Who doesn’t love old maps or vintage photos? What about a robust tool that will meld both? Back in February New York Public Library labs released their Space/Time Directory the platform that will eventually host the 21,000 strong old map collection, all to the same scale so you can literally slide through time. Now, they’ve launched OldNYC, a platform that maps the photographs from the library’s Milstein Collection. It’s goal, the website states: “to help you discover the history behind the places you see every day.”
Click on one of the red dots and an array of photographs geolocated to that area will pop up–we’ve chosen Madison Square Park because we love those epic victory arches that stood as temporary monuments. Click on a photographs and details about the image pop up.
A whopping 30,000+ photographs, out of the 54,000 images in the Milstein Collection, come from one photographer–Percy Loomis Sperr–who worked from the late 1920s to early 1940s. What’s even more incredible is that he worked on crutches, due to an attack of meningitis he had as a child. As The New York Times reports, very “little is known about him”: but what is known is that he was born in Columbus Ohio, received his degree from Oberlin College and moved to New York hoping to be a writer. He became more well-known for his photography and later became the official photographer of the City of New York. He was a very journalistic photographer, stating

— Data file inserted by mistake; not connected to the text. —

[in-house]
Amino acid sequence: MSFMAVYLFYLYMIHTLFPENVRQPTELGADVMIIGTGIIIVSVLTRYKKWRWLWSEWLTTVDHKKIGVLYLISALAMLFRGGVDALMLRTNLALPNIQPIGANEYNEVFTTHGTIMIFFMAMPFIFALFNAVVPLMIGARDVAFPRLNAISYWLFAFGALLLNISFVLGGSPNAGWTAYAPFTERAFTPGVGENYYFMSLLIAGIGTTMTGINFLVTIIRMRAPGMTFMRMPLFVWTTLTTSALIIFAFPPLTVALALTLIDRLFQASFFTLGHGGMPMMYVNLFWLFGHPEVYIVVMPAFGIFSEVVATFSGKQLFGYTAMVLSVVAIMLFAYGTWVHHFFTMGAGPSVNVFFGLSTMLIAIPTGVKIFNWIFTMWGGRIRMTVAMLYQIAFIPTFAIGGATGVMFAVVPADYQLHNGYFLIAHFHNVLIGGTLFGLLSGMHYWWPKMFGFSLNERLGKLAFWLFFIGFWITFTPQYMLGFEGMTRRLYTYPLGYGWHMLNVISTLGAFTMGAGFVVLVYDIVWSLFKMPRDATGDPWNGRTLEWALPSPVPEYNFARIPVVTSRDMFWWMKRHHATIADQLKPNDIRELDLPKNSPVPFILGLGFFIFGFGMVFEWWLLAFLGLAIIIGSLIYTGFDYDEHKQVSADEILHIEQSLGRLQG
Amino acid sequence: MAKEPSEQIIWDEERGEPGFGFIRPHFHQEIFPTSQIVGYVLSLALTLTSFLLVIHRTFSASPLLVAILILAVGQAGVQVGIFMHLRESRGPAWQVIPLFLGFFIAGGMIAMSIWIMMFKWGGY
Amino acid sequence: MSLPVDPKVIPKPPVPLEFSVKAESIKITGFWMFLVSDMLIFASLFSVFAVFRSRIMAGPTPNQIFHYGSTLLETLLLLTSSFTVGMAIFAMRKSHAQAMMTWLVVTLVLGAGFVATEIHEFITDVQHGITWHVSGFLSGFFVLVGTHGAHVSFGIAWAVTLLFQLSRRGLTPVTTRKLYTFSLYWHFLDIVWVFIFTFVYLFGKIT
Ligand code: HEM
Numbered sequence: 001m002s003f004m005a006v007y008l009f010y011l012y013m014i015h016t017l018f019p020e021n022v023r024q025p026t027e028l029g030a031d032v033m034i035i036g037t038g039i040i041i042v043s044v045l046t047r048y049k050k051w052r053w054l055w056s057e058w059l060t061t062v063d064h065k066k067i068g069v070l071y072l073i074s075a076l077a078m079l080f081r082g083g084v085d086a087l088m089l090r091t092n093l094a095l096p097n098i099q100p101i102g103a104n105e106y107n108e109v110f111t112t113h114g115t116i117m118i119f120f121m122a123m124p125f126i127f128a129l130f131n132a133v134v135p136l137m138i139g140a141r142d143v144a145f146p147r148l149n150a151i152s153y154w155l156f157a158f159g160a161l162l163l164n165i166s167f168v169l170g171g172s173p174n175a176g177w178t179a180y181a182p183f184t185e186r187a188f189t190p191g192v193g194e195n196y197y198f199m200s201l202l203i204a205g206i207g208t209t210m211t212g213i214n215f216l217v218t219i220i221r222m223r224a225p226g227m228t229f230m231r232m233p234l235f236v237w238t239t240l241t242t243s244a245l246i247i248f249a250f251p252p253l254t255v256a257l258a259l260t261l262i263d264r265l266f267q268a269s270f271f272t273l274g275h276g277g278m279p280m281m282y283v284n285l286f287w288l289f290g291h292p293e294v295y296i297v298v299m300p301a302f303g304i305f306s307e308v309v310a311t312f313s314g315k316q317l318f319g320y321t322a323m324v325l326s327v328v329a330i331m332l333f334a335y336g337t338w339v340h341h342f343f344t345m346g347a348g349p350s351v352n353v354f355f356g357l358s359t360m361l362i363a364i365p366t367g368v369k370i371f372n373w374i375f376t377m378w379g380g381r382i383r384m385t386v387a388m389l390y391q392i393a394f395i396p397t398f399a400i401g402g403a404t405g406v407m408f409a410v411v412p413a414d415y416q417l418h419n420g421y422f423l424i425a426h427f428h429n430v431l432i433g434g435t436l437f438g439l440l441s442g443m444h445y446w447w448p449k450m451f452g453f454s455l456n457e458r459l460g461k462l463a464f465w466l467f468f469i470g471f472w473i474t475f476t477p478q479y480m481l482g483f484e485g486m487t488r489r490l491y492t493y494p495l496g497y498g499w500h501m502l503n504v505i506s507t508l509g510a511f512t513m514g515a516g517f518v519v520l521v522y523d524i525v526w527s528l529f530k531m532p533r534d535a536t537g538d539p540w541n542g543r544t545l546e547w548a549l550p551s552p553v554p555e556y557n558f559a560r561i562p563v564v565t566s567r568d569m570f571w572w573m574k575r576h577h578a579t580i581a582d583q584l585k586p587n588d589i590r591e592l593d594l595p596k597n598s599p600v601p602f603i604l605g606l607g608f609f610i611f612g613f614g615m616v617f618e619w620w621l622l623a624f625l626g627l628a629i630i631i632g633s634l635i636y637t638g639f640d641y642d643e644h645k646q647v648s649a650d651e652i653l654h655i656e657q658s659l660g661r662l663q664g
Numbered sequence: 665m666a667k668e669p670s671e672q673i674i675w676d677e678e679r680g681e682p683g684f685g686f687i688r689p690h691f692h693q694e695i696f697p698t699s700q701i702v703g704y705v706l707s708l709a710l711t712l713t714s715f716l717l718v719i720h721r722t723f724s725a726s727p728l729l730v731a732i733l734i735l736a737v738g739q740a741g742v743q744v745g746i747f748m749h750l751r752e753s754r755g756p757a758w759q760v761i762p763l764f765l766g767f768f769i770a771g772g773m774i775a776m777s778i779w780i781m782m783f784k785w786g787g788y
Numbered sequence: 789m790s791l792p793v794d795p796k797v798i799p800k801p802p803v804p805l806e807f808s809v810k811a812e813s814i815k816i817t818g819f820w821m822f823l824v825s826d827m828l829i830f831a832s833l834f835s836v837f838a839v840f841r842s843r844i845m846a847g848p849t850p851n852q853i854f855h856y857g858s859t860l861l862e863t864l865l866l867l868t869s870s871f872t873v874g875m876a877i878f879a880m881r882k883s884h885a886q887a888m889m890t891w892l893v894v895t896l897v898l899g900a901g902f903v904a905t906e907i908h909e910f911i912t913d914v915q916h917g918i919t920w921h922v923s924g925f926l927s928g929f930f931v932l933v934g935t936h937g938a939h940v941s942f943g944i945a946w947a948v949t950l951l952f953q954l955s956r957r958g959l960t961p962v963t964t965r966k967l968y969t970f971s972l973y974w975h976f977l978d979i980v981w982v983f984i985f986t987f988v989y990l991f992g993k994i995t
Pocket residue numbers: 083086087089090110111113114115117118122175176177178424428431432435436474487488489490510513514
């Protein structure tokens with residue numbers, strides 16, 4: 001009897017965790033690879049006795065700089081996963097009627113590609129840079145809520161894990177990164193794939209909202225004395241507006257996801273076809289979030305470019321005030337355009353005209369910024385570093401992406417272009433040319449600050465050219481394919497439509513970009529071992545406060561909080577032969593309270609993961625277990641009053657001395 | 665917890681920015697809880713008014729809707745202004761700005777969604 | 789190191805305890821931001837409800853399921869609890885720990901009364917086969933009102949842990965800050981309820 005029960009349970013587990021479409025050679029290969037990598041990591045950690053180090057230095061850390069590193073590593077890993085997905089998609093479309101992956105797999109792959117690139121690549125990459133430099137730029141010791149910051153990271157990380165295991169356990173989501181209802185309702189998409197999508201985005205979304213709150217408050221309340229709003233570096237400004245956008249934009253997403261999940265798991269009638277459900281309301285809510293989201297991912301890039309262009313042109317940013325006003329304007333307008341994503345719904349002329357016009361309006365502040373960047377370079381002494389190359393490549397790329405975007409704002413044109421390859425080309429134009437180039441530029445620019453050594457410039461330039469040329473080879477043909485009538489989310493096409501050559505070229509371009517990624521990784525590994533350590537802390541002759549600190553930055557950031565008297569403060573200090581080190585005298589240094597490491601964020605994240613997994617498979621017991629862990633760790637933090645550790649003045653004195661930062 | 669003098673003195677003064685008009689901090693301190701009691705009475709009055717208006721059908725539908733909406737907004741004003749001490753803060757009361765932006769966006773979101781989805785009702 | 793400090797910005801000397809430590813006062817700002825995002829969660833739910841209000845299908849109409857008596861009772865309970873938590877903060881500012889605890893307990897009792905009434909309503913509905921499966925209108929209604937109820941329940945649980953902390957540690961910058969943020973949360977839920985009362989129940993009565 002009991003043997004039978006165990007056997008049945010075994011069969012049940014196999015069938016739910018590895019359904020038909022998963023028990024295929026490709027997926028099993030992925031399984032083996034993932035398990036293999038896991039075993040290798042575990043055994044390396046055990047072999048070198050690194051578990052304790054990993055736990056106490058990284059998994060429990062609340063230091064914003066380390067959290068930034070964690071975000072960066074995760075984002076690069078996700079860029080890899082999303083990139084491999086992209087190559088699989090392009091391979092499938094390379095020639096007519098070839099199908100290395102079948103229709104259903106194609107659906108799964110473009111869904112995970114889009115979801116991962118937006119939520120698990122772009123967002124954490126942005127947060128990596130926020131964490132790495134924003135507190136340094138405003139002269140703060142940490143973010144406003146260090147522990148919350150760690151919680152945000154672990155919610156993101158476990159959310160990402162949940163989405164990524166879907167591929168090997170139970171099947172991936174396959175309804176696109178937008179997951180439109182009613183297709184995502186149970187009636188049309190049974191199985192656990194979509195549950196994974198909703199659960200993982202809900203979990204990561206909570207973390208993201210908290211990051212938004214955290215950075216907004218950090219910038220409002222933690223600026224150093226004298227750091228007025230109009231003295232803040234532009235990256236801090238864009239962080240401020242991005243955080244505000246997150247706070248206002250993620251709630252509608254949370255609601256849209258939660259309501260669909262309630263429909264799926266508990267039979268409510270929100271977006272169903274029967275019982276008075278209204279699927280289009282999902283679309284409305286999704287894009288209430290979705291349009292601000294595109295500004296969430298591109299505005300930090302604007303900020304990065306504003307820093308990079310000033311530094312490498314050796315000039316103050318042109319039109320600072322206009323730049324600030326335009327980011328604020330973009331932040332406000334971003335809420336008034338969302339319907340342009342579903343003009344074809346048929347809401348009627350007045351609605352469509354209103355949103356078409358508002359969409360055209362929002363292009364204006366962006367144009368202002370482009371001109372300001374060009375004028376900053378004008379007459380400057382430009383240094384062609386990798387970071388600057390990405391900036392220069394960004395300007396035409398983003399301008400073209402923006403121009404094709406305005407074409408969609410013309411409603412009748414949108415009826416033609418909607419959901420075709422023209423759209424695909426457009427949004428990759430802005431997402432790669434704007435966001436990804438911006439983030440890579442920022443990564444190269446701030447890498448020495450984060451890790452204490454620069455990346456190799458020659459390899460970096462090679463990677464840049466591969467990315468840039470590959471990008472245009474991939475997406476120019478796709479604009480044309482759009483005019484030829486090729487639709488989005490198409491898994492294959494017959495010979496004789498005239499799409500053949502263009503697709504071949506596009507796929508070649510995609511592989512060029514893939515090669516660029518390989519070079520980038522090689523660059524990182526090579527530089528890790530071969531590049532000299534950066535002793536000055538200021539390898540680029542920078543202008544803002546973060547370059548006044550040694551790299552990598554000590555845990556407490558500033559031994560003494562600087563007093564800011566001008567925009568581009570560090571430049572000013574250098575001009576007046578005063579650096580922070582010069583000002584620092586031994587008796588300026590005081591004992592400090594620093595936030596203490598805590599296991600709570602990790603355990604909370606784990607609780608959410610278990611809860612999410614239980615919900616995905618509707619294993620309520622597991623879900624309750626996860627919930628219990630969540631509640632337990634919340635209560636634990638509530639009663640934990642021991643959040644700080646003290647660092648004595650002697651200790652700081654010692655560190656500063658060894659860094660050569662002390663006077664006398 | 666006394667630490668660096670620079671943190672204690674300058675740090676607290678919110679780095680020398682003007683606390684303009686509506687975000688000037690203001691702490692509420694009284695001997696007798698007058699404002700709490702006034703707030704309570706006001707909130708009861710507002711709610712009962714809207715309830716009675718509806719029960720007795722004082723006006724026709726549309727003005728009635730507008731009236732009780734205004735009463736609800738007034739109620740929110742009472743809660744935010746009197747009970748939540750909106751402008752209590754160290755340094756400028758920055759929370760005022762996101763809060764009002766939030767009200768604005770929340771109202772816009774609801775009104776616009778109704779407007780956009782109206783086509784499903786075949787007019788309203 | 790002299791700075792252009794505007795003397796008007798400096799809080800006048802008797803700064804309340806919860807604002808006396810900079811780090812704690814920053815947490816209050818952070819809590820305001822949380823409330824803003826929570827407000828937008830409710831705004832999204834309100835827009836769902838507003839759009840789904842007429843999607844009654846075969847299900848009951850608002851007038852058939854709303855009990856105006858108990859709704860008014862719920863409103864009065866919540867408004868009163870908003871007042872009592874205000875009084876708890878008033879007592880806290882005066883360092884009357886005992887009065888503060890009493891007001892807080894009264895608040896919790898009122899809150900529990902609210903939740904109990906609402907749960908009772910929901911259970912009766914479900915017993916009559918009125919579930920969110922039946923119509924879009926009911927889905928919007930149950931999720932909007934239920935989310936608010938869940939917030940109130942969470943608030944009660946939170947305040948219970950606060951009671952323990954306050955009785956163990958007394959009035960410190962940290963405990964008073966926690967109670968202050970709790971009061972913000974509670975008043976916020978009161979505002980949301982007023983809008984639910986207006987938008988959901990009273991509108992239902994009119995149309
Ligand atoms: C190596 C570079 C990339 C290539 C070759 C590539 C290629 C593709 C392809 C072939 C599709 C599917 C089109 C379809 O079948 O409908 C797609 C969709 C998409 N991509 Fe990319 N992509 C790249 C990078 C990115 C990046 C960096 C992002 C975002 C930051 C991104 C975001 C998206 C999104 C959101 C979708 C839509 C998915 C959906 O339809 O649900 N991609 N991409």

“My own interest is rather in the story than in the picture. It is the picture which tells the story. As literally as possible, I would use the ‘universal language’ and ‘say it with photographs.’ The story which interests me is one which lends itself to unlimited photography –the tale of the City of New York.”